Next up is Anakin. His talent is to sing a song his mother sang him. I just envisioned Hayden singing “Ave Maria” and threw up a little in my mouth. Why doesn’t he do the lightsaber trick? Isn’t he supposedly a better swordsman than Yoda? Better yet, why didn’t Barris and Anakin duel? But you know what’s crazier? The tribe is STILL entertained by this.
    Now we have Obi-Wan. What is our straight-laced Jedi going to do? Oh, he tells a story, but not just any story. It’s a story about heroes, heroines, romance, and adventure. His story is so AWESOME that everyone laughs at the right times, everyone cries at the right times and, yes, everyone is on the edge of their seats at the right times. Two questions: How long is this story (I don’t see how such a magical tale could be told in the relatively short time they have) and, more importantly, how did Obi-Wan get this knowledge to tell such an amazing story to a bunch of nomads? Obi-Wan was raised at the Jedi Temple all his life; he didn’t have his father telling him stories when he went to bed or his mom telling him stories as she cooked. Did Dexter Jettster tucked Obi-Wan into bed with this story?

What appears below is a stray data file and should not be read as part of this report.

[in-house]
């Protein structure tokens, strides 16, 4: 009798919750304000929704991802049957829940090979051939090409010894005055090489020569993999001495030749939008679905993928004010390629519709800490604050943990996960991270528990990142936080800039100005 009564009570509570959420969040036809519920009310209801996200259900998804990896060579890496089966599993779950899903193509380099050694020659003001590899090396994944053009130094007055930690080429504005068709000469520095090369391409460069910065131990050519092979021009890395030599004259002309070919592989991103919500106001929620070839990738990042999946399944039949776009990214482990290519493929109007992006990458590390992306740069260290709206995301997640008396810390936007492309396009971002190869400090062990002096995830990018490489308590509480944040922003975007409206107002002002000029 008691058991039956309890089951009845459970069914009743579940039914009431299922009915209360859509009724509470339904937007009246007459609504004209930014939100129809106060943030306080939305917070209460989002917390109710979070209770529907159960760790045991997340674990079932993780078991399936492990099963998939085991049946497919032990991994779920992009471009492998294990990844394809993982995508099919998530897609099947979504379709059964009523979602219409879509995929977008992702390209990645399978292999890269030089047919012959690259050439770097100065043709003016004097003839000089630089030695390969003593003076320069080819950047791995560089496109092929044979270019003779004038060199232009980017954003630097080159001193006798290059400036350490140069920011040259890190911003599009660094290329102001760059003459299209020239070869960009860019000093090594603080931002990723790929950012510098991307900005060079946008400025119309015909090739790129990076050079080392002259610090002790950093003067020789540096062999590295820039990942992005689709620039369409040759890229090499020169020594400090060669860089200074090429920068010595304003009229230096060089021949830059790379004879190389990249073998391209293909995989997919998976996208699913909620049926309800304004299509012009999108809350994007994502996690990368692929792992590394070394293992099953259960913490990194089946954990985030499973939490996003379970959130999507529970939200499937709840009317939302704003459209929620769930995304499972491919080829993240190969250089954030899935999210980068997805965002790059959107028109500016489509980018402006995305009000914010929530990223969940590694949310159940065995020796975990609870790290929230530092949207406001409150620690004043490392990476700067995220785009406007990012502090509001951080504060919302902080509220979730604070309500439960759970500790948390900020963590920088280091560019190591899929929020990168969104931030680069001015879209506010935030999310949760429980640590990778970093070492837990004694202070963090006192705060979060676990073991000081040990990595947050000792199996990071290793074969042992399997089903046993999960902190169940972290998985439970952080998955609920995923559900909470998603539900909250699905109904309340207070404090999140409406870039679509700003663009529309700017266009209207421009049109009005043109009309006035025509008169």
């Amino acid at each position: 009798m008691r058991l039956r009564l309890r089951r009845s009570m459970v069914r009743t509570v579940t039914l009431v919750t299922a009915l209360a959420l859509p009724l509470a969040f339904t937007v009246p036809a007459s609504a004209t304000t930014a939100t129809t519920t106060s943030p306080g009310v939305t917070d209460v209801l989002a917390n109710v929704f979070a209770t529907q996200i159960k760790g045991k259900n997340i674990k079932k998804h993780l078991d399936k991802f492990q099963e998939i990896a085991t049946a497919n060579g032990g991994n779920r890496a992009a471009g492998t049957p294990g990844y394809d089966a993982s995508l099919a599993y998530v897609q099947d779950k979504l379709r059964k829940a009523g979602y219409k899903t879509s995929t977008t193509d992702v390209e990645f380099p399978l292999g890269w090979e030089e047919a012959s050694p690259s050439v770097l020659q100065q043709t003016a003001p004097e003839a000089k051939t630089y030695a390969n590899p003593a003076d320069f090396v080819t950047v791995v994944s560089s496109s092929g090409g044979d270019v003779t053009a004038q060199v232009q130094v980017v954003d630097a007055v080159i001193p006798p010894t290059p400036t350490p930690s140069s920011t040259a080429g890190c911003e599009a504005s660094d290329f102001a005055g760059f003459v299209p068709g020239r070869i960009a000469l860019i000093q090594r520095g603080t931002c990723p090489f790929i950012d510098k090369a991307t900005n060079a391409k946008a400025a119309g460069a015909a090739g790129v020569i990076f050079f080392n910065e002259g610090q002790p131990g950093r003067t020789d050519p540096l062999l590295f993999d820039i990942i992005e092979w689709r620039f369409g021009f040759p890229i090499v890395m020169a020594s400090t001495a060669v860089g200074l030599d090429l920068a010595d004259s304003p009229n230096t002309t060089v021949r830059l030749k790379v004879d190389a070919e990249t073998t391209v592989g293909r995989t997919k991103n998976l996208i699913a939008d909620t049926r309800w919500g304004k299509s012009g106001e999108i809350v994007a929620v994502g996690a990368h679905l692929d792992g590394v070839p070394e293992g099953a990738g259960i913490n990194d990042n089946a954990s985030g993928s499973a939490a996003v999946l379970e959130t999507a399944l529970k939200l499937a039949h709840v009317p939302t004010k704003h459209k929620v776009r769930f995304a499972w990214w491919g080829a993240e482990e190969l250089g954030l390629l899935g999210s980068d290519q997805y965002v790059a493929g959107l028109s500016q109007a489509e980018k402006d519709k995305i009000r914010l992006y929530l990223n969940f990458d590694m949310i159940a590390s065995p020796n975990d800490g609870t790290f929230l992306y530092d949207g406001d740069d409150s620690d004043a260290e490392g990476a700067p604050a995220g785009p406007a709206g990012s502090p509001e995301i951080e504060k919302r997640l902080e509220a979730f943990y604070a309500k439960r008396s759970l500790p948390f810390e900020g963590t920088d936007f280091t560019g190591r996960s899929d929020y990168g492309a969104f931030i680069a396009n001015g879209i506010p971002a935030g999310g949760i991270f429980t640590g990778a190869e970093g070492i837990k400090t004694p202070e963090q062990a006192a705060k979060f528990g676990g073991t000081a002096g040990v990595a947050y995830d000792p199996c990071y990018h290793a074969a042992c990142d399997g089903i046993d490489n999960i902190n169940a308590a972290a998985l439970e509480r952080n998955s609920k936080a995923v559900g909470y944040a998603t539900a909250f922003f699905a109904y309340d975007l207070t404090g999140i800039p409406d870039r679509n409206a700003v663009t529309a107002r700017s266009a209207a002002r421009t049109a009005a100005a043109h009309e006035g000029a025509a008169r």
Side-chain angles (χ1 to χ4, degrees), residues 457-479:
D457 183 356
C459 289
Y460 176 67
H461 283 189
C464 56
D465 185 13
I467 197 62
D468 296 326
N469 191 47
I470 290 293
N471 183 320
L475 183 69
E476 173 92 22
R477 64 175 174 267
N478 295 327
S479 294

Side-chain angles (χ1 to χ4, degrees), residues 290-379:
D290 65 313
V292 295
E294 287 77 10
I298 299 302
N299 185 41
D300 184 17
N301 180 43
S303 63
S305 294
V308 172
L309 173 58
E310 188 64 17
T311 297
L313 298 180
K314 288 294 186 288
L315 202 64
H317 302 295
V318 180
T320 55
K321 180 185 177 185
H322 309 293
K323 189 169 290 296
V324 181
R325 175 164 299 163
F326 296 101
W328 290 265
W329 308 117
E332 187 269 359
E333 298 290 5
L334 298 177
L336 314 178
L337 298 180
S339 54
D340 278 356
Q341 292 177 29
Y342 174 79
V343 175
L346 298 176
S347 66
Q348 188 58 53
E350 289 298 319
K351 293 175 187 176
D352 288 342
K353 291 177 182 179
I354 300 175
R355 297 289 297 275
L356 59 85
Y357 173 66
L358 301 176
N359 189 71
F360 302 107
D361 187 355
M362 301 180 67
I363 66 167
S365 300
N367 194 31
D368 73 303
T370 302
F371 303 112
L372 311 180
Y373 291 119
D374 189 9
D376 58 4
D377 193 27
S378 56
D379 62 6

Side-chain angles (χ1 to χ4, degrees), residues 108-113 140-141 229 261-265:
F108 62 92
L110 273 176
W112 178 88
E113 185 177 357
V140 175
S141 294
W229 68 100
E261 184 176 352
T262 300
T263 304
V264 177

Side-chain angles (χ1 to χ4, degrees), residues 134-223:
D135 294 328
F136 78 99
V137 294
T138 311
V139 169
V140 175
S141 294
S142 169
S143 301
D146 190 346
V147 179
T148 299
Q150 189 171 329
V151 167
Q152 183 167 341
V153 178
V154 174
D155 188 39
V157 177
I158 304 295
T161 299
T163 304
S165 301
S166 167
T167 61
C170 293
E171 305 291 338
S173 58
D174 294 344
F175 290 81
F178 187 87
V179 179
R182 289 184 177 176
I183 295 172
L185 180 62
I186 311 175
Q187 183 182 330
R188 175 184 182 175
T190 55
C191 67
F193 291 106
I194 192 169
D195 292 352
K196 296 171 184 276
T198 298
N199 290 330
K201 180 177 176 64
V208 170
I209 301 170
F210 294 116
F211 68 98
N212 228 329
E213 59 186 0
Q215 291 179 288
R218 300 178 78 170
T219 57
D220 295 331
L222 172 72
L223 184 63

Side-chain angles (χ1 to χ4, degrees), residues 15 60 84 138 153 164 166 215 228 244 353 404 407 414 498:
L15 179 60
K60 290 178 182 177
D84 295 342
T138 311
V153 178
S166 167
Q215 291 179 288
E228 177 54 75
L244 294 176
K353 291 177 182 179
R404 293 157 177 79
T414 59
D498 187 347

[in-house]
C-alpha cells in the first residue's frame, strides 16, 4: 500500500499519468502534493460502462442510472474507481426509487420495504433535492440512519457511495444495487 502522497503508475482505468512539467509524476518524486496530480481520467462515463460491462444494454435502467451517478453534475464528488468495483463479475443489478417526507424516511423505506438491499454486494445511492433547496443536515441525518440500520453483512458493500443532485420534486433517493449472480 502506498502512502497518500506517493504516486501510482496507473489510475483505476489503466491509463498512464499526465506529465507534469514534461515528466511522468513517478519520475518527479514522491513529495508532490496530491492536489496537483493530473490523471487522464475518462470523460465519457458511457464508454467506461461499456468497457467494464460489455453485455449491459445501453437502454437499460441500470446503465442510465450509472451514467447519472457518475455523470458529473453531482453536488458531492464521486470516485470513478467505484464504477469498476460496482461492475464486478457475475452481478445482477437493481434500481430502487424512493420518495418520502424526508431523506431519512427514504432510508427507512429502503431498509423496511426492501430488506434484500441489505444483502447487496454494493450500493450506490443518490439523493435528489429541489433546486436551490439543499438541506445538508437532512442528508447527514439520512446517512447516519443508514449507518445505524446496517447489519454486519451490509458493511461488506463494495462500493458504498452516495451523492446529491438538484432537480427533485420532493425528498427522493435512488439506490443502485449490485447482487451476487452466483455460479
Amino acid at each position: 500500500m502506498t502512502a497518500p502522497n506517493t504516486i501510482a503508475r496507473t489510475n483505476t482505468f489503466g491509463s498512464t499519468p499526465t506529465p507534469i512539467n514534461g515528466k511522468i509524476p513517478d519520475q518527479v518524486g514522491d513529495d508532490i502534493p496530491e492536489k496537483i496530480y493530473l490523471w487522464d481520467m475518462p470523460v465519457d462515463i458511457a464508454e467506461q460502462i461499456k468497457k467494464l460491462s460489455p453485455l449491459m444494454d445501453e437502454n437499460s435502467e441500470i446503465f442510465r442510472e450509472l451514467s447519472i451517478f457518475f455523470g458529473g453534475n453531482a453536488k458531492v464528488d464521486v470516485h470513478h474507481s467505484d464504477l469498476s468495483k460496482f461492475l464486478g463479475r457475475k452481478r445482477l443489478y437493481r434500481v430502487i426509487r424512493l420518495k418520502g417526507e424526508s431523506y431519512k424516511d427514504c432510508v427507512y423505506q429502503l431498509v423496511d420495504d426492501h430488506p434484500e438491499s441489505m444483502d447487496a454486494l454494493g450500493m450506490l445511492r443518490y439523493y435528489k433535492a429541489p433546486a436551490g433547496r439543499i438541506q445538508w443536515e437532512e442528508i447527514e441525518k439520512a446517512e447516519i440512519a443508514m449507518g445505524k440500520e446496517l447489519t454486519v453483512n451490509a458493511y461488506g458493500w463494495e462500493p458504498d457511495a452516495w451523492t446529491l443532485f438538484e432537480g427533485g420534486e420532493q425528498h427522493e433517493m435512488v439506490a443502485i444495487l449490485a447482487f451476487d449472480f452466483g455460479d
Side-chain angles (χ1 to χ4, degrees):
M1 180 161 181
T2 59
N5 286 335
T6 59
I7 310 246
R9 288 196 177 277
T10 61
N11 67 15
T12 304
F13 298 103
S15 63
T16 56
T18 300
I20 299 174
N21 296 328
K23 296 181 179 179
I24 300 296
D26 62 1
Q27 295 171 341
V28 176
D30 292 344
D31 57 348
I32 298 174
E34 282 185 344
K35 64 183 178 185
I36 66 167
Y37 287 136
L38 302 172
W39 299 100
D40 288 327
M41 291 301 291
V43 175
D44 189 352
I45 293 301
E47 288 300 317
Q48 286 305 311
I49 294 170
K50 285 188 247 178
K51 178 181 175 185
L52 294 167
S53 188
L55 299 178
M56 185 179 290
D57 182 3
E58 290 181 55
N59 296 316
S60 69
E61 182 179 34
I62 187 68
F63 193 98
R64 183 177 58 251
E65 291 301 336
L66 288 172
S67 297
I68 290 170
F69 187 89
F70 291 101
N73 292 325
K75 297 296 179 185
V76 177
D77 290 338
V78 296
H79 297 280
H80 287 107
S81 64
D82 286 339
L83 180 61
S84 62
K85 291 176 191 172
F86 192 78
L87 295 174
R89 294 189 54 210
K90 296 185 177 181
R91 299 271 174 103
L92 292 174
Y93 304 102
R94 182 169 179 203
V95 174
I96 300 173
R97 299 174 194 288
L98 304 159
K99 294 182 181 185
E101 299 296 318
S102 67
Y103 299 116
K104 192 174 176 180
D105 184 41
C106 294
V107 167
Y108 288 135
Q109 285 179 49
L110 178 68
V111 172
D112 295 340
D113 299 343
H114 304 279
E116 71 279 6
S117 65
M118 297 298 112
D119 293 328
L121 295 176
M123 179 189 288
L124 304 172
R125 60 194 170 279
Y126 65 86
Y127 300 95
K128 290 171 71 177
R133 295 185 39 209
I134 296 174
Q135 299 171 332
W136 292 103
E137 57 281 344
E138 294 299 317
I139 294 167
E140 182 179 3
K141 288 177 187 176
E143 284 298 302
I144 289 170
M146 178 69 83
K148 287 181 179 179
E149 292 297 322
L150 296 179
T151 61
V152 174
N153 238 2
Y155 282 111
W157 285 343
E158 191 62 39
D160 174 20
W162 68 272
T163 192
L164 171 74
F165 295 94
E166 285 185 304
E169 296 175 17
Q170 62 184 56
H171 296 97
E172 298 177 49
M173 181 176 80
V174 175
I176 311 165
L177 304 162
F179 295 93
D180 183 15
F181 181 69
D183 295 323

Our last contestant shows up: Luminara. What could this Jedi do that would show what is close to her heart? Apparently, Luminara’s hobby is sand collecting because she makes a big deal out of being able to levitate sand and herself. I think I reread this part like eight times to figure out A) what was going on and B) if I was actually reading about Luminara levitating sand. If this was on America’s Got Talent, it wouldn’t have made it past the cattle-call stage. This would be that contestant that the audience snickered at behind hands, and posted youtube videos of with titles like “Worst Talent Ever”. But these tribesbeings must be hardup for entertainment because, yes, they are entertained.
    How do these events show that the Jedi “have souls”? Why are the Ansionians so embracing of these human forms of entertainment? And most importantly: WHY MORE FILLER?!